The events of Delhi University are ominous. ABVP, the stormtroopers of the RSS, rioted for two consecutive days in Delhi University, using bricks, stones and sticks to prevent a seminar from taking place. The Delhi Police colluded with this assault, with its men joining ABVP in assaulting women students and journalists. Three constables have now been suspended – but this gesture only begs the question about who was giving the orders to Delhi Police to permit a riot on the University campus?
Several facts are notable here. The Delhi Police refused to file an FIR against the ABVP cadre that were indulging in open, wanton violence and celebrating by dancing atop a Delhi Police bus. Instead the Delhi Police did a lathi charge on the students peacefully waiting outside the police station for an FIR to be lodged. Rights activists have pointed out that the Supreme Court judgement in Lalita Kumari vs State of UP (2013) has laid down mandatory guidelines for police to register an FIR in case of a cognizable offence. On whose orders did the Police refuse to file an FIR against the many instances of openly recorded violence by cadre of the ruling party’s student outfit?
It emerges that the DCP in charge of the Delhi University North Campus is the same Jatin Narwal who, as DCP in charge of Patiala Court last year, had allowed goons to rough up JNUSU President Kanhaiya as well as teachers, lawyers, journalists and activists inside the Court premises last year. Narwal still faces an ongoing case in the Supreme Court regarding his role on that occasion. There appears to be a clear pattern where the Police officer knowingly allows a pre-planned assault by an organised mob, as the police force stays away from acting to arrest or disperse the mob.
The remarks of Minister for State for Home Kiren Rijiju on the episode further reinforce the conviction that the ABVP riot had the sanction of the Home Ministry under which the Delhi Police operates. Mr Rijiju has declared that “No anti-India slogans will be allowed in the name of freedom of speech. Freedom of expression in the country does not give anyone the right to make college campuses hub of anti-national activity.” This statement begs many questions.
First, the ABVP violently attacked a seminar – on the pretext of the speakers it invited and not on the basis of any slogans. Second, is the Minister implying that the ABVP has the freedom to throw stones and bricks and assault teachers, journalists and students but students do not have the freedom to debate? Third, as a representative of the country’s Home Ministry Mr Rijiju should answer, whether he believes it is nationalist of the police in Bastar to rape and murder adivasi women – but anti-national of a JNU activist to speak about such rapes and murders? Is his Ministry approving of the police-approved vigilante groups that attacked Bela Bhatia or Soni Sori in Bastar, just as the police-approved ABVP attacked students and teachers in Delhi University?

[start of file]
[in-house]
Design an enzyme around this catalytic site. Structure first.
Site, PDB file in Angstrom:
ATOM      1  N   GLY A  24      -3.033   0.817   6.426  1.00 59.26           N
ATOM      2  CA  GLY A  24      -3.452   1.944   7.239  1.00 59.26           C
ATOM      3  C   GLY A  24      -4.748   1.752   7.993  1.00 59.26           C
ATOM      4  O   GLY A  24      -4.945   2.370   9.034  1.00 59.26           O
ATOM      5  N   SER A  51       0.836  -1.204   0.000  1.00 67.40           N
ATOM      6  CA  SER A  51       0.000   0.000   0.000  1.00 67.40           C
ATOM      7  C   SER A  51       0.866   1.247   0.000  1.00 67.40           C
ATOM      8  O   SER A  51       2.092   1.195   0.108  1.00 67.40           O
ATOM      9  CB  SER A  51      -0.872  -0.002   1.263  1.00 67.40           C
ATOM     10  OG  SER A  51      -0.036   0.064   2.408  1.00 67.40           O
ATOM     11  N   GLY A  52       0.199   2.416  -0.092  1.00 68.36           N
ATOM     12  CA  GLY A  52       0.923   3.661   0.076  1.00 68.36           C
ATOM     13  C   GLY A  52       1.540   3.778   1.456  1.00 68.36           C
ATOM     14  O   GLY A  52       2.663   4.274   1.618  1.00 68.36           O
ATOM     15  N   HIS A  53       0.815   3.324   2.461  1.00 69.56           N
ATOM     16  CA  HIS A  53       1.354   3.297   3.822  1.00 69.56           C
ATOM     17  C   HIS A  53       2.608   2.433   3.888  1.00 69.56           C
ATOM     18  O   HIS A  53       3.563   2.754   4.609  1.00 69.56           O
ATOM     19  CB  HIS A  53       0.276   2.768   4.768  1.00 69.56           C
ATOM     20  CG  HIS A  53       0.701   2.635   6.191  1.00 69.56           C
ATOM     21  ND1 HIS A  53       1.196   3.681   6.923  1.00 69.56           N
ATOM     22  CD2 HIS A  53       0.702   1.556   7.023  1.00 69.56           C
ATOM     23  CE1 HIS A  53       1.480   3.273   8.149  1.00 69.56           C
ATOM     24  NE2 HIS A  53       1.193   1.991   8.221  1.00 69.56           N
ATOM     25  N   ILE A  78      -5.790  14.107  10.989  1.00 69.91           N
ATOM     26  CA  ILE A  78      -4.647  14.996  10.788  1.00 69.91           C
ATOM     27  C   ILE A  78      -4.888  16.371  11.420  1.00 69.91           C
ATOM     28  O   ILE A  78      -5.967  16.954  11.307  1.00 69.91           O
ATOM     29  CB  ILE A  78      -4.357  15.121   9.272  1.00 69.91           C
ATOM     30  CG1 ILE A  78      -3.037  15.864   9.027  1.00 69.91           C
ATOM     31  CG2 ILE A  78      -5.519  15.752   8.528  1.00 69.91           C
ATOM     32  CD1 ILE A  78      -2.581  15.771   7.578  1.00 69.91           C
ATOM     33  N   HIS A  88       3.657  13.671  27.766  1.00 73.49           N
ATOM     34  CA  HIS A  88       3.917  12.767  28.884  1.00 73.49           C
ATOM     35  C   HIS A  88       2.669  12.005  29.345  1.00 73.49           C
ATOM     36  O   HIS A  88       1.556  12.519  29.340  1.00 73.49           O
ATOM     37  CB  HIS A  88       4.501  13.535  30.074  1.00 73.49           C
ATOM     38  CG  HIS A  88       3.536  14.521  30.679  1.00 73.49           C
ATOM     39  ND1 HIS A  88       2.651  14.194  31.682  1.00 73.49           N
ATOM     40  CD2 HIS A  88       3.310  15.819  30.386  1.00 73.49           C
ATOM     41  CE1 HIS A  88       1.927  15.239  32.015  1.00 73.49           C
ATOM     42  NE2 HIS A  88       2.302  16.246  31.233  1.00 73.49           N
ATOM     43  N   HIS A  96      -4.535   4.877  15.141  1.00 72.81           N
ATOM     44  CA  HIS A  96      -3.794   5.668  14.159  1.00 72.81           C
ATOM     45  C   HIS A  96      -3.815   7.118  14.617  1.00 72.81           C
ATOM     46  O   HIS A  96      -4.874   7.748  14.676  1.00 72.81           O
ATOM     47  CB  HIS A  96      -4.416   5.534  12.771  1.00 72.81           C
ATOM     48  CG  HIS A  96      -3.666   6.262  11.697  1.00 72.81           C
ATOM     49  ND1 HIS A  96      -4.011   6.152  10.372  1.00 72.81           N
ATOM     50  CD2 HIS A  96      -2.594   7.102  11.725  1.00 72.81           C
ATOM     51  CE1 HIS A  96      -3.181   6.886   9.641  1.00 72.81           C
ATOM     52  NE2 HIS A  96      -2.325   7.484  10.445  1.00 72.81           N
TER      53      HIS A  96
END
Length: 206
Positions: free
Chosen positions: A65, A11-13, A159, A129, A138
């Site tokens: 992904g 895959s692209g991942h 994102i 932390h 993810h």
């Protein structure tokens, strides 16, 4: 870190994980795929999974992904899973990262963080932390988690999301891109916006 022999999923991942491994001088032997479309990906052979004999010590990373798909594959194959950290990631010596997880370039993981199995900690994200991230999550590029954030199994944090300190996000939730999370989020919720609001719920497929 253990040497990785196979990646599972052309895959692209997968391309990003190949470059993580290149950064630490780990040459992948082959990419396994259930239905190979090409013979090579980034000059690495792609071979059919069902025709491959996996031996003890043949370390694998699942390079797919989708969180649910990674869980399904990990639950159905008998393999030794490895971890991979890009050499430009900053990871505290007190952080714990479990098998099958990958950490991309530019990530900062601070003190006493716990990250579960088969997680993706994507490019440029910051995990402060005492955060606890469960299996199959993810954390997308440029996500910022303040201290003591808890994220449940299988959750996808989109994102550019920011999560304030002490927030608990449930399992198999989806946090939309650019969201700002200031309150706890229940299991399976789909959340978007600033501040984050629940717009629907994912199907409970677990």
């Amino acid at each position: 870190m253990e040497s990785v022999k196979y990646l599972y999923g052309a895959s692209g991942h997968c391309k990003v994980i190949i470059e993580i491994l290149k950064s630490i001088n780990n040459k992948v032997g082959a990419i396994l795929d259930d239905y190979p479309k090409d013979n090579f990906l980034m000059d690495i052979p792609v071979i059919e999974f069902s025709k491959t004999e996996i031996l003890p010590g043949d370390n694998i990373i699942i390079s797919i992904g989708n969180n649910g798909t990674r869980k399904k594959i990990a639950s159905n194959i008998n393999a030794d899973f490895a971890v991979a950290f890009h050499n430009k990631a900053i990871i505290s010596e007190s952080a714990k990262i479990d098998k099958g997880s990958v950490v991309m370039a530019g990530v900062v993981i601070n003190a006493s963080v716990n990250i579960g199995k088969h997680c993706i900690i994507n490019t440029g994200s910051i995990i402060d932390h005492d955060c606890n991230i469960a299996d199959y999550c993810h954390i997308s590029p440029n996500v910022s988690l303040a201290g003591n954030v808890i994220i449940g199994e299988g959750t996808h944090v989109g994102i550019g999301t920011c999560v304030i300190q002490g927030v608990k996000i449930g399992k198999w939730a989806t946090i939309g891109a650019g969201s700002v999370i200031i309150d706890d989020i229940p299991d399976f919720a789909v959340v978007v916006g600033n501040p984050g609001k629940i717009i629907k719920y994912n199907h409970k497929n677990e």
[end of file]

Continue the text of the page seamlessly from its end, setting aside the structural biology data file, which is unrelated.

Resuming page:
Fourth, how can ABVP or the BJP have any right to brand Umar Khalid as ‘anti-national’? The Delhi Police is yet to chargesheet Khalid for his alleged acts of ‘sedition’ last year. Yet the ABVP is using Khalid’s presence at a Seminar to unleash a riot against thousands of students and teachers waiting to hear him speak. Fifth, a number of men accused of being ISI agents have been found linked to the BJP and VHP. Why do arrests of their men for ISI links not make BJP and VHP ‘anti-national,’ but Umar Khalid or Shehla Rashid are declared ‘anti-national’? Is it because of their outspoken views against Hindutva and the Modi Government?
Finally, what views are ‘anti-national’? ABVP leader, former Joint Secretary of JNUSU Saurabh Sharma declares on Twitter that JNU is anti-national because it is a hurdle to India’s becoming a Hindu Nation. Why is it not ‘anti-national’ for ABVP to call for turning secular India into a Hindu Nation, but ‘anti-national’ for students to support – or discuss and debate – Kashmir’s right to self-determination or Bastar’s right to democracy?
On campuses and in the country, the freedom to express dissent, and debate freely is the essence of democracy. For ruling party-backed goons to attack democracy with open violence in the capital city, is a sign of growing fascist forces in India. The students and teachers of Universities are at the forefront of the resistance to fascism however – as displayed by an inspiring march in Delhi University that defended the ‘right to debate and dialogue’ from the violence unleashed by goons.